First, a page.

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Can enterprises trust the internet?

Oct 24, 20237 mins

Enterprises IT pros who trust the internet as an MPLS VPN alternative say MPLS is more reliable but the difference isn’t worth the cost.

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Dependency and trust have a complicated relationship, and that’s especially true with regard to enterprise views on networks. If you ask enterprise executives what network service has been the most transformational for their business, almost 100% will say “the internet.” If you ask them what network service has created the most problems for them, you get almost exactly the same response. The internet, they tell me, is insecure (87%), unreliable (81%), and lacks service quality (77%). And yet its loss would create “a major business disruption,” according to 97% of those users. Do you sense contradiction here? Well, we’re just getting started with that question.

Starting with money is always a smart idea. Over the last three decades, the cost per bit for consumer broadband has plummeted. You can get a 100 Mbps consumer broadband internet connection for less than $40 in many areas. In contrast, a dedicated-access internet business connection with the same speed, using fiber or carrier Ethernet, costs more than 20 times that much. An MPLS VPN connection is 20-35 times as much, according to 121 enterprises I’ve checked with. In areas where business density is low, the cost of dedicated access internet or an MPLS VPN can be far greater than these averages because of the lack of suitable access infrastructure that “passes” sites, if the service is available at all.

It’s no wonder that enterprise CFOs often have a hard time accepting network prices. One senior network planner at a healthcare conglomerate told me that he got major pushback on a 500 Mbps MPLS VPN connection cost of more than $4,000 per month when the CFO had 1 Gbps home broadband at just over $100 a month. But the deal was approved, because the CFO accepted a simple justification: “You can’t trust the internet.”

Cost comparison: MPLS VPN, dedicated-access internet, consumer broadband infrastructure

The problem is that enterprises are trusting the internet, more and more every day. We can compare the experience of the enterprise that paid $4,000 per month for a 500 Mbps MPLS VPN connection with another enterprise to demonstrate that the classic trust argument against the internet is looking increasingly weak.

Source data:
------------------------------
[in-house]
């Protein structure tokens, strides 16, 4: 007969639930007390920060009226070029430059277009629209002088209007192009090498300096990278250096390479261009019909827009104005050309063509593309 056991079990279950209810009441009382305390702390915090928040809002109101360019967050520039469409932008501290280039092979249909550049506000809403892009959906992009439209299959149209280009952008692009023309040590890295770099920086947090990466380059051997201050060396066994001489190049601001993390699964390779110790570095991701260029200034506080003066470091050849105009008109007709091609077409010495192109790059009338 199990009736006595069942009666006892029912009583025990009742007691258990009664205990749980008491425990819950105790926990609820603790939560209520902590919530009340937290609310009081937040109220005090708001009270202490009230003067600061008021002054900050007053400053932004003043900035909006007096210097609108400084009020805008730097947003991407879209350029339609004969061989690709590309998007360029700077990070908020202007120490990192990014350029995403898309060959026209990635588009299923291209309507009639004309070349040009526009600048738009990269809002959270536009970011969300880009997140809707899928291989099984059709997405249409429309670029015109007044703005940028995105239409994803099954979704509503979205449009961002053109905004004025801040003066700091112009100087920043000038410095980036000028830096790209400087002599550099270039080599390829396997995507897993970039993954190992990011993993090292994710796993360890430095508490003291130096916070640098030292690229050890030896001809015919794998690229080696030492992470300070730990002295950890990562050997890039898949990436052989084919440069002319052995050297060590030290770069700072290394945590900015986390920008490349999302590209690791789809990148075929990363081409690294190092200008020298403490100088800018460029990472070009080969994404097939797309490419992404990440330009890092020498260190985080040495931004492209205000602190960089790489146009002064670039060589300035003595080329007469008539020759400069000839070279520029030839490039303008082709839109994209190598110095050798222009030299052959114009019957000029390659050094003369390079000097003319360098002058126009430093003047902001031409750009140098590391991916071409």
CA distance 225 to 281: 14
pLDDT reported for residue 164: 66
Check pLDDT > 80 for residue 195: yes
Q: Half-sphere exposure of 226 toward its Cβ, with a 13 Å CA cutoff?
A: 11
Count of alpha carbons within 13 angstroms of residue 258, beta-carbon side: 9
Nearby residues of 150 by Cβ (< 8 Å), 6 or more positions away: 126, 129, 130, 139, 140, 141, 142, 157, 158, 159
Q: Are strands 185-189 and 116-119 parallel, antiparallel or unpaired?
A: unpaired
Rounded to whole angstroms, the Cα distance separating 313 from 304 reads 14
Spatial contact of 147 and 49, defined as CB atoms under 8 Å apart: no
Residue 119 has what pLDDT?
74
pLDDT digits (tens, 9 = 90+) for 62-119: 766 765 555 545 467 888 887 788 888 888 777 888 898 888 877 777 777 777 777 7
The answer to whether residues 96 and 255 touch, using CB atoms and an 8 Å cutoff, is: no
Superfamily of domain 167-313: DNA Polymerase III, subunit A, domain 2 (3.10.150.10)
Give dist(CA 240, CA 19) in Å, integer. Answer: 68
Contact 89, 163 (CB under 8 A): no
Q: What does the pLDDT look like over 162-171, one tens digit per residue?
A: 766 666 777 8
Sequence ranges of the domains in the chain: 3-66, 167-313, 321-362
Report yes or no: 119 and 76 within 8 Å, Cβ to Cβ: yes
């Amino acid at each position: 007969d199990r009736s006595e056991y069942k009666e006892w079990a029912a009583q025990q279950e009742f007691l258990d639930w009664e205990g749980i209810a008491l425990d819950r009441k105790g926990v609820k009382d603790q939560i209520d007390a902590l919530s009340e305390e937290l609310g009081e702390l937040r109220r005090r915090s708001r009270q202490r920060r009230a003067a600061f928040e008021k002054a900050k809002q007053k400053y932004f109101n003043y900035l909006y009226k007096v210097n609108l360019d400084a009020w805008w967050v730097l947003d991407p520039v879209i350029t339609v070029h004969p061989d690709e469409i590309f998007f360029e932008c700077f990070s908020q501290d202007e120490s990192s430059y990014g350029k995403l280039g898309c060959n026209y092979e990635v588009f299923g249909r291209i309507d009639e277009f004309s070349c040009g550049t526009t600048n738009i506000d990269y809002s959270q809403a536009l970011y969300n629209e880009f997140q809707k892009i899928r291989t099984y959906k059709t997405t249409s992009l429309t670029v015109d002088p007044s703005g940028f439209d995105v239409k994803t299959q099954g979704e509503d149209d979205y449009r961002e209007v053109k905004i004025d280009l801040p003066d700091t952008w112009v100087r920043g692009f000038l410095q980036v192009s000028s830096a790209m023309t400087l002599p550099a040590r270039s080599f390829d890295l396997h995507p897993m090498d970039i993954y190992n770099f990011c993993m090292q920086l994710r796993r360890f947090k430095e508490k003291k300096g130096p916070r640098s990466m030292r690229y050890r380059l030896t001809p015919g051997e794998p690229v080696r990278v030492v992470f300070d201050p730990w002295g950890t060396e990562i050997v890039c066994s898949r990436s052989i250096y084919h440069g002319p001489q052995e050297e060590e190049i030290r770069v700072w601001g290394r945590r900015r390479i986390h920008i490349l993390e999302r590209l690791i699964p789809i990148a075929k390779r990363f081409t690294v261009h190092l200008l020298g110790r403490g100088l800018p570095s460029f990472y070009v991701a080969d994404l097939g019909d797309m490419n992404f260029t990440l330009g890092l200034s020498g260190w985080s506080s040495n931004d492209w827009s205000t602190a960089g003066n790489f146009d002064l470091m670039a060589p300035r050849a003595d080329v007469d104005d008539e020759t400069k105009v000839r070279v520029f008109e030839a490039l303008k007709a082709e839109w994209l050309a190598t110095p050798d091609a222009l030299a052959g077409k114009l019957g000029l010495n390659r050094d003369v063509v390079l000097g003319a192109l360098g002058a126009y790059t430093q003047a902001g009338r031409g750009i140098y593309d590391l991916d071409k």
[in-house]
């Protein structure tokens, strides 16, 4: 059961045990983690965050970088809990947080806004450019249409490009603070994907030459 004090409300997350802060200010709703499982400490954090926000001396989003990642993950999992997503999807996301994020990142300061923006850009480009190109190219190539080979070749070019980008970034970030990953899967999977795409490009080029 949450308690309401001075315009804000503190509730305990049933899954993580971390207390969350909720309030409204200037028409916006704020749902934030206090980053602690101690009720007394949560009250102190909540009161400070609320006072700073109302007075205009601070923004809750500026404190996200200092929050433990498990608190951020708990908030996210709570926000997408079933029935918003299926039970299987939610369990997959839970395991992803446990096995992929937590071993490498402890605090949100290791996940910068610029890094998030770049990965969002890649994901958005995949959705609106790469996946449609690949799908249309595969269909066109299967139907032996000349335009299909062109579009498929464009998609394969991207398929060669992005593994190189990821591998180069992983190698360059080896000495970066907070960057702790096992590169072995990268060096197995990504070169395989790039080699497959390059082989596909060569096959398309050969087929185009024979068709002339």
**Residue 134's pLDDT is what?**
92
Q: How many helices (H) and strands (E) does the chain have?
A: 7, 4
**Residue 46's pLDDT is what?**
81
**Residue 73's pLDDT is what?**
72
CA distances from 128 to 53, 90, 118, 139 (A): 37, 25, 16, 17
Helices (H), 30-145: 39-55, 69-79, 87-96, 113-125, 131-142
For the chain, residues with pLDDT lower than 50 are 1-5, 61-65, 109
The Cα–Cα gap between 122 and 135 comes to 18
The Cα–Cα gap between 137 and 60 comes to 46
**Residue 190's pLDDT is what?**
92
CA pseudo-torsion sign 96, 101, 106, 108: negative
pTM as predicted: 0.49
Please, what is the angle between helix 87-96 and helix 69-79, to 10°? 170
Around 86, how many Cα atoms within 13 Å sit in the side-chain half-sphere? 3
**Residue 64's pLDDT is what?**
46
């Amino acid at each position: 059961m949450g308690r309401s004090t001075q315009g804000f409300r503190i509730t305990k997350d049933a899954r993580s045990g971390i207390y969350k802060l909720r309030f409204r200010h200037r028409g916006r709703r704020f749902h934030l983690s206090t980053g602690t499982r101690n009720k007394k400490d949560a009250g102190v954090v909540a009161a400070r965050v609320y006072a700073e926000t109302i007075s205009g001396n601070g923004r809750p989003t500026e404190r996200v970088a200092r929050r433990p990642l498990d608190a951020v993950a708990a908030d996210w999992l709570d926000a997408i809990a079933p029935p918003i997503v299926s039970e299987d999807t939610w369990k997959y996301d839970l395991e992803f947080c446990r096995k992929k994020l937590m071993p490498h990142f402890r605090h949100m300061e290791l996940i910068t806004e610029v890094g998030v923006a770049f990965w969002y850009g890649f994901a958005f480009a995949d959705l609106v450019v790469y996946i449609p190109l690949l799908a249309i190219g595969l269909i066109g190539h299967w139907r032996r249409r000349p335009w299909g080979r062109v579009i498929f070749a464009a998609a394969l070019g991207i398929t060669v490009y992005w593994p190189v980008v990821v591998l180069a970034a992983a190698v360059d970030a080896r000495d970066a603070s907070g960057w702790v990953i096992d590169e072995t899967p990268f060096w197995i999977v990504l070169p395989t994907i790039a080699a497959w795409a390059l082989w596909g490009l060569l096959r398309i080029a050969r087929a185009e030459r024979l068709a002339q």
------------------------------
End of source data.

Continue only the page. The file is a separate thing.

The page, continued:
The healthcare conglomerate went for the 500 Mbps MPLS VPN connection at a particular location that served 24 employees, a third of which were medical professionals. A different medical conglomerate in a similar area used dedicated-access internet at the same speed and paid $1,300 per month. I couldn’t find a similar medical site that connected via consumer-broadband infrastructure (cable or telco fiber), but I did find one that connected financial service sites of comparable size using both 500 Mbps and 1 Gbps service. They paid an average of $110 per month for connections.

All three of my sample sites said their network services were “satisfactory.” The consumer-broadband site reported four periods of service outage in six months, the direct-access internet site reported two, and the MPLS VPN site had no service outages.

If you ask enterprises whether going from four outages per six months to zero justifies a cost increase of about 37x, most will ask how long the outages were. In my sample sites, the consumer-broadband option’s outages were less than 10 minutes for three of the four, and the longest was 45 minutes. The direct-access internet sites’ outages were all less than 10 minutes.

In the group of 121 enterprises I’m referencing, there was a general willingness to tolerate outages of less than 15 minutes, even at a rate higher than four per six-month period. On the other hand, only a third of enterprises said they would tolerate four outages with an average duration of over an hour, and none said that they’d tolerate outages with an average duration of over two hours without seeking a service alternative. If we compare tolerance with the experience of the three enterprises I’ve cited, all the services fell within tolerance.

Then there’s the question of the internet for connection outside of secondary sites. All the enterprises say they “depend on the internet” to reach and support prospects, customers, and partners. While 14 enterprises in the group said that cloud provider outages had impacted their outreach, none said that about the internet. For this highly critical mission, apparently, the internet’s best-effort is good enough.